The first time that I visited Washington, DC, it was as a tourist. As I stood in awe of monuments and grand buildings, shuffled past the Declaration of Independence, and tried to take in all that the Library of Congress and the Smithsonian had to offer, I could not imagine that anyone actually lived in this city. To me as a tourist, Washington was like a marble theme park where presidents and Congress members made history of one kind or another.
A couple of months after I had moved to the neighborhood of Columbia Heights, I caught sight of the far off Washington monument down Meridian Hill and remembered how I once could not fathom being what I had become, a DC resident. I, like other staff members of the UUA’s Washington Office for Advocacy, live in DC. We go to work, go home, buy groceries, go to church, go out… and know a city that is not evident from vacation visits and media coverage. The Washington that tourists see is disproportionately white with a smattering of foreigners, and an emphasis on lawyers and the military, lobbyists and diplomats. The DC that I know as a resident is a mixture of ethnicities – Euro Americans, African Americans, Latino Americans, and others – living in neighborhoods of varying degrees of integration… policemen and nurses, shop keeps and community organizers. There are neighborhoods of extreme poverty and despair in the same city with the marble facades and luxury hotels. I live in the capital of what is still the wealthiest, most powerful nation on earth and yet our school system fails its children, some neighborhoods are plagued with violence, our residents do not have true Congressional representation, and everywhere the divides created by both racism and classism are evident.
I do not mean to give the impression that everyone walks around distrusting each other. Far from it. But just like other large cities in the U.S., there are barriers in our daily lives that are perhaps more visible in DC because of the stark contrasts. But this week we watched those barriers tumble down. On Sunday, I attended the “We Are One” concert with Taquiena Boston and her sister Mishan. We met in the neighborhood of Adams Morgan for brunch and then walked down to the National Mall, an over two mile walk. Along the way, we joined hundreds of others walking there as well. And we smiled at each other and shared stories. At the concert itself, the crowd was even more diverse than the performers on stage. The spirit of unity continued through the weekend, culminating when two million people – from all over the nation including DC, from all walks of life – converged again on the National Mall. When Barack Hussein Obama completed the oath of office, people everywhere hugged the nearest person they could find, regardless of race, class, ethnicity, sexual orientation…. We truly were one. This spirit of good will has continued long past that one moment. People greet each other with smiles at metro stops and chat while waiting in lines.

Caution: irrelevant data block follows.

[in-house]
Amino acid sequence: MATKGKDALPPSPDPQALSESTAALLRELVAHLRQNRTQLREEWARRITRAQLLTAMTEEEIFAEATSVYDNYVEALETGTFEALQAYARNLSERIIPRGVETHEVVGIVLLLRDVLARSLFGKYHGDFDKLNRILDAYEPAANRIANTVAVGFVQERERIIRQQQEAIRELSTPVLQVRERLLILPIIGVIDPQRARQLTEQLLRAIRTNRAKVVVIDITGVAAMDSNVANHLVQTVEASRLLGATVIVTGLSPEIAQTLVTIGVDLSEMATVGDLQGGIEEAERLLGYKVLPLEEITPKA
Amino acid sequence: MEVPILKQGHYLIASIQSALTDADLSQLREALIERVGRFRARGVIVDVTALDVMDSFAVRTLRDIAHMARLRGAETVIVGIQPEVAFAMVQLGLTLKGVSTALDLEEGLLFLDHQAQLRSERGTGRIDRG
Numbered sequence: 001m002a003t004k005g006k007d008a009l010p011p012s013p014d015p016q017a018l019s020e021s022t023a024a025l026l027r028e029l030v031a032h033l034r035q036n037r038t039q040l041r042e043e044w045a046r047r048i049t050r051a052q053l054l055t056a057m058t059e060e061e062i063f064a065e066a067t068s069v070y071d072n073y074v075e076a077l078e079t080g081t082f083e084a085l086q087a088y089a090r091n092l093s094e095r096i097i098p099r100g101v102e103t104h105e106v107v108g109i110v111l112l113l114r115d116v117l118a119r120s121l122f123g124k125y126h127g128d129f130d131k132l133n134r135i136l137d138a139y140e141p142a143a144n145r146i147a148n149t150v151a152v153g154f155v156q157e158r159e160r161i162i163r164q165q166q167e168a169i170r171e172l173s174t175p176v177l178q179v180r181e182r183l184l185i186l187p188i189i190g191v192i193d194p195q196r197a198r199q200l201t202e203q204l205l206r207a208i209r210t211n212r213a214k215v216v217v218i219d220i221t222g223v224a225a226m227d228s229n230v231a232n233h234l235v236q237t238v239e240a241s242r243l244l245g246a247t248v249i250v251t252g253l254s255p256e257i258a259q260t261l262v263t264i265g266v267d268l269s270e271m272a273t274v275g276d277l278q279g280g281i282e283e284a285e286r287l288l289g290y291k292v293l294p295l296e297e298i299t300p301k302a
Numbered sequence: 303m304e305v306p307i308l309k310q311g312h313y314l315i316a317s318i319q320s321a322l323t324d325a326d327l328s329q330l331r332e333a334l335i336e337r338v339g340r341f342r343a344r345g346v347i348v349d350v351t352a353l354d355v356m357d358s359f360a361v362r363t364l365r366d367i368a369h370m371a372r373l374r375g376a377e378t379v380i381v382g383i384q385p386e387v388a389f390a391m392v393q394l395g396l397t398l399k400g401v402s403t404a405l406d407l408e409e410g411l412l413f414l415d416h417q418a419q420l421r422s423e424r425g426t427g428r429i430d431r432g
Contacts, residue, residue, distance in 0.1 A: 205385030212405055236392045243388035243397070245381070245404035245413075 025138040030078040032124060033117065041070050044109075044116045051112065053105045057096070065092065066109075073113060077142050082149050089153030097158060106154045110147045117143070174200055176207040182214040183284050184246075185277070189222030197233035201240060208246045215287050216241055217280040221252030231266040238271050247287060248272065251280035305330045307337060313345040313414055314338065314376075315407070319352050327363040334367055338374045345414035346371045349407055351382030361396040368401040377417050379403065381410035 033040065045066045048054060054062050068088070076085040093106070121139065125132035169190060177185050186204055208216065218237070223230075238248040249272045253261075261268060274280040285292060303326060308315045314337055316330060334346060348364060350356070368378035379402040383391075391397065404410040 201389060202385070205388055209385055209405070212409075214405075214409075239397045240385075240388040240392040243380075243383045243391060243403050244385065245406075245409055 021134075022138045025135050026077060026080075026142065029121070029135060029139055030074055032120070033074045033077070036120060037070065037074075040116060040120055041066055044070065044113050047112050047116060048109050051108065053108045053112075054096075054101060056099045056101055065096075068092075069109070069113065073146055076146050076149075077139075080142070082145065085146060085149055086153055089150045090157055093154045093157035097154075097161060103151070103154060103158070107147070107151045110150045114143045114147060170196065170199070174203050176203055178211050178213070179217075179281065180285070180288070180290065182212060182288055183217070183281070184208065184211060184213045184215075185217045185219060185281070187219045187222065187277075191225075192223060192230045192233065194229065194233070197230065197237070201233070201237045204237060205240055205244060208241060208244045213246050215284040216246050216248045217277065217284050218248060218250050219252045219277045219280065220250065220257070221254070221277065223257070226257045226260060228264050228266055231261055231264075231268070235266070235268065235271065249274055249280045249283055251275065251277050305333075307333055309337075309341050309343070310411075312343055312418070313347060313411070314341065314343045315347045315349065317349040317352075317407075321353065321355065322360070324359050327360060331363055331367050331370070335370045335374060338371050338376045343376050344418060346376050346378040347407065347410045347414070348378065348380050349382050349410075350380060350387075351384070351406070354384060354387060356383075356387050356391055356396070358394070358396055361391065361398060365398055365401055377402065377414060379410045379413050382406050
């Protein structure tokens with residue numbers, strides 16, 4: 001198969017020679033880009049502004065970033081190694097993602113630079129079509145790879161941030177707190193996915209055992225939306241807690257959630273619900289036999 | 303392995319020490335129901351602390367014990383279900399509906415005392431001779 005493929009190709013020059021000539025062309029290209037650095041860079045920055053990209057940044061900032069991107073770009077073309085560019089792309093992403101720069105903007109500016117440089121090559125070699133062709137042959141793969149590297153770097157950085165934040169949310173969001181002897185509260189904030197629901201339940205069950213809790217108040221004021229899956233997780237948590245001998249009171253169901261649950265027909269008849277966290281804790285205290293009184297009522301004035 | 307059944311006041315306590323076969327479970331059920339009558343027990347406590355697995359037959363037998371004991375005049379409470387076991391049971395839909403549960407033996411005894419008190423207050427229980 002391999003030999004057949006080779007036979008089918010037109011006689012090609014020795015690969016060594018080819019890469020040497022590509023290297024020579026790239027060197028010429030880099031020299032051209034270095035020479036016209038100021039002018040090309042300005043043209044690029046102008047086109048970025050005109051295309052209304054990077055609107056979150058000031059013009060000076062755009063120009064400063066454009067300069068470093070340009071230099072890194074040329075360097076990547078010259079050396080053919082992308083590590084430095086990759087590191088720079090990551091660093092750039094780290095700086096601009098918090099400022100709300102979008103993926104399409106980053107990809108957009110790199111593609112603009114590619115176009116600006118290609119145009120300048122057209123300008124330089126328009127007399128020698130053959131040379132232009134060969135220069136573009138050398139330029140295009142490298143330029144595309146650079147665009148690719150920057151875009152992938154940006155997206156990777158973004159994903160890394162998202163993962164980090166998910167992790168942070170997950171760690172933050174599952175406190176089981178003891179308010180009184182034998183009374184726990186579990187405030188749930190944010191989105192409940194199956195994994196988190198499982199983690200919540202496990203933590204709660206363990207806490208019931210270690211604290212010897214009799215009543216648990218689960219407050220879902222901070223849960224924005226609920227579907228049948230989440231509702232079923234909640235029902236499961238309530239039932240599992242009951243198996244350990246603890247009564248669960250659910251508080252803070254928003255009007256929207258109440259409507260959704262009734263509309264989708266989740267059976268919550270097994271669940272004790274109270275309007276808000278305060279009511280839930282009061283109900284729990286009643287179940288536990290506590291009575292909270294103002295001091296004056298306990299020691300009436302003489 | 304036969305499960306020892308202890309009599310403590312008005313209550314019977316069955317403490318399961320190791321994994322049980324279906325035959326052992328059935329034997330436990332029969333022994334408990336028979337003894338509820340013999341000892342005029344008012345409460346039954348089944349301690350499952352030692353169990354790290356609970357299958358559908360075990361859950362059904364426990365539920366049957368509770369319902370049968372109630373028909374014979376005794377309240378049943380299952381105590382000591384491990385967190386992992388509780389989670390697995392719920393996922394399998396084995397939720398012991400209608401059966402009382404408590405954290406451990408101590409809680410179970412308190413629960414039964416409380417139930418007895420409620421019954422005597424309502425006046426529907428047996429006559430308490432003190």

We live in an age where self-sufficiency is valued over cooperation. Where people intentionally avoid eye-contact when passing each other on busy city streets. Only twice in my life have I experienced the loving good will that is still embracing DC right now. The other time was in New York City after September 11th, 2001. While a lot of anger was unfairly directed at Muslims following the attack, there was also an encompassing feeling of intimcacy amongst usually gruff New Yorkers. People held doors open for each other, used their car horns less, and were generally more patient and kind. In our moment of collective grief, as a nation searched for meaning out of tragedy, we could have listened to the better angels of our nature, instead of the demons of fear and self-centeredness. People were ready to serve a higher purpose, if only we had had the leader to inspire us in that direction. Instead, our president at the time told us to “go shopping” and then took us into two wars.
The inauguration of President Obama cannot erase the harm we have done in the last seven years (and for hundreds of years before that). But at least now we have a chance. May we hold on to this feeling of unity in the trying times to come.